That’s Why I Like the Blues

Playing and listening to music can be a challenge to people with significant hearing loss.  For some people, the sound quality is poor.  Others find music noisy and confusing.  They can’t make heads or tails out of things.  It all sounds really bad.

Yet for other people like myself, music is quite enjoyable.  Not only that, there are some people with significant hearing loss like myself who even play an instrument in a band.

So why the huge differences?  Why do some people with hearing aids and cochlear implants find music to be unpleasant, while others love it?  This is a huge topic that is currently being researched at Universities as we speak.  Over time I will touch on many of the reasons that I am aware of, including the settings of the hearing instrument, the additional equipment you may use (e.g. FM systems), previous experience with music, musical training, and even the type of music you listen to.

One way to enjoy music is to become familiar with a certain genre.  Lets take the Blues for example.  What I like about the blues is that it has a certain predictable pattern we generally call the “12 Bar Blues”.  Basically it uses the following pattern:


In any scale there are 7 notes we use.  The most familiar would be the C scale.  So in the key of C, the notes and their corresponding chords would be would be:

Numeric Note Chord
ii D Dmin
iii E Emin
vi A Amin
vii B Bdim

So if I was playing the blues in the key of C I would play 4 bars of C, then 2 bars of F, 2 bars of C again, one bar of G, one bar of F, then 2 bars of C again.  I can figure this out for any key; all I need to know is what key are we playing in.  So if I am having a jam session with the band mates, I just ask for the root key.

By becoming familiar with the music, my brain seems to make more sense out of it.  It seems less confusing and less anarchic.

Our brains do the same thing when we are talking to one another.  When we are given a familiar phrase in a familiar language, we can predict what is coming next.  For example if some says ‘Please pass the salt and ______”, we pretty much know that the last word is going to be pepper.  But if someone says, “We were talking about______”, the last word could be anything.

Music is also like a language.  So if we stick to genres that have predictable patterns and cycles, it becomes easier to hear, enjoy, and even play.

And that’s why I like the Blues.


Let’s get rid of some of that freakin’ noise 1: Directional Microphones

As promised, I am going to continue the discussion on getting rid of noise.  In this post, I want to touch on the topic of directional microphones that can be found on hearing aids and cochlear implants.

But before doing so, lets summarize again the two main problems you have with a sensorineural hearing loss.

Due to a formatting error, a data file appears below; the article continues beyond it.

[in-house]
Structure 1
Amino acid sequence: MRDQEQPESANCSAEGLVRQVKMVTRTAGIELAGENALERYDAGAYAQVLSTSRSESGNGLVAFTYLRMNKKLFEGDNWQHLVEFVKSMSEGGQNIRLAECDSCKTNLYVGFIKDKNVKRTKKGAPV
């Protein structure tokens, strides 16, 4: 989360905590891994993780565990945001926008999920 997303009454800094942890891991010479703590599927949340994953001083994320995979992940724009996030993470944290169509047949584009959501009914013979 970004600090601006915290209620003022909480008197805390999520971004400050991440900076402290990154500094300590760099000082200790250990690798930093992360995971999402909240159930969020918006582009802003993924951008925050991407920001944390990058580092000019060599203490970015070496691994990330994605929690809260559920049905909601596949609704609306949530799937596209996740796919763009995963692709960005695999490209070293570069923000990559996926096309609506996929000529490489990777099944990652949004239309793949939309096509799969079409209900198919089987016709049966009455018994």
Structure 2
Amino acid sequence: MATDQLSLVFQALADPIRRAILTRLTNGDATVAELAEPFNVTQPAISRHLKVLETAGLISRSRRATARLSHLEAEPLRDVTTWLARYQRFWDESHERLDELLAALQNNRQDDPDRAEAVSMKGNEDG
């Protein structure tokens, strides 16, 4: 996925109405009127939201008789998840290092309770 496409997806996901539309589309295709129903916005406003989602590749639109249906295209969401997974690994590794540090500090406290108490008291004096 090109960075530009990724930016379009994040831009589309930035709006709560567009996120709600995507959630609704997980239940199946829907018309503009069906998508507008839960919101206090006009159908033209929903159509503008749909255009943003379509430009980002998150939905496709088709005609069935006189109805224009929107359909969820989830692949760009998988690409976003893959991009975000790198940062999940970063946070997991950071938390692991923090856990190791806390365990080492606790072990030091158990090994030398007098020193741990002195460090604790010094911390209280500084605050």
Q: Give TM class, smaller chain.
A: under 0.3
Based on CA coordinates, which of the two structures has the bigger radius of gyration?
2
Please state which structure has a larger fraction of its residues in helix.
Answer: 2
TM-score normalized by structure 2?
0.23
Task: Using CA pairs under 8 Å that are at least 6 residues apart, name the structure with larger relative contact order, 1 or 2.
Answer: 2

1. Loss of Audibility
  2. Loss of Clarity

Loss of audibility simply means that you can’t hear certain sounds well. They are too soft.  So we need to make them louder in order to hear them again.  Interestingly, the loud sounds may still sound OK.  Also, the level in which sounds become uncomfortable for you may only be raised a little bit.

Fortunately, today’s modern digital hearing aids do a really good job at making things audible again.  They amplify soft sounds more than loud and amplify some pitches more than others (based on your hearing loss).  Cochlear implants also do a great job of bringing sound back to people who can barely hear at all.

Loss of clarity especially in noise means that when there are other noises present, you have a hard time communicating.  Amazingly, people with normal hearing can still communicate when the signal to noise ratio (SNR) is 0.  In other words, if the person talking to you is 65 dB and the other people around you are also 65 dB (think a restaurant), that is a 0 dB SNR.  Normal hearing people can still understand in the situation (makes me sooooo freakin’ jealous).

We folks with hearing loss can’t do that.  We need a higher SNR and the more hearing loss you have, the higher the SNR you need.

Directional microphones on the hearing aid (and cochlear implant) are one way to get rid of noise that actually works.  There are some great sites that explain how they work.  This link has a nice article that explains directional mics.  Also check out this link that shows what a modern directional mic system can do.

In a nutshell, directional microphones work by picking up sound in front of you more than behind you.  The assumption is that the person talking to you is typically facing you.  They get rid of about 4 to 5 dB of noise.  This amount of improvement is sufficient for adults with mild to moderate degrees of hearing loss.  But once we get to a moderate-severe degree of hearing loss (around 60 dB HL), the directional microphone won’t be enough.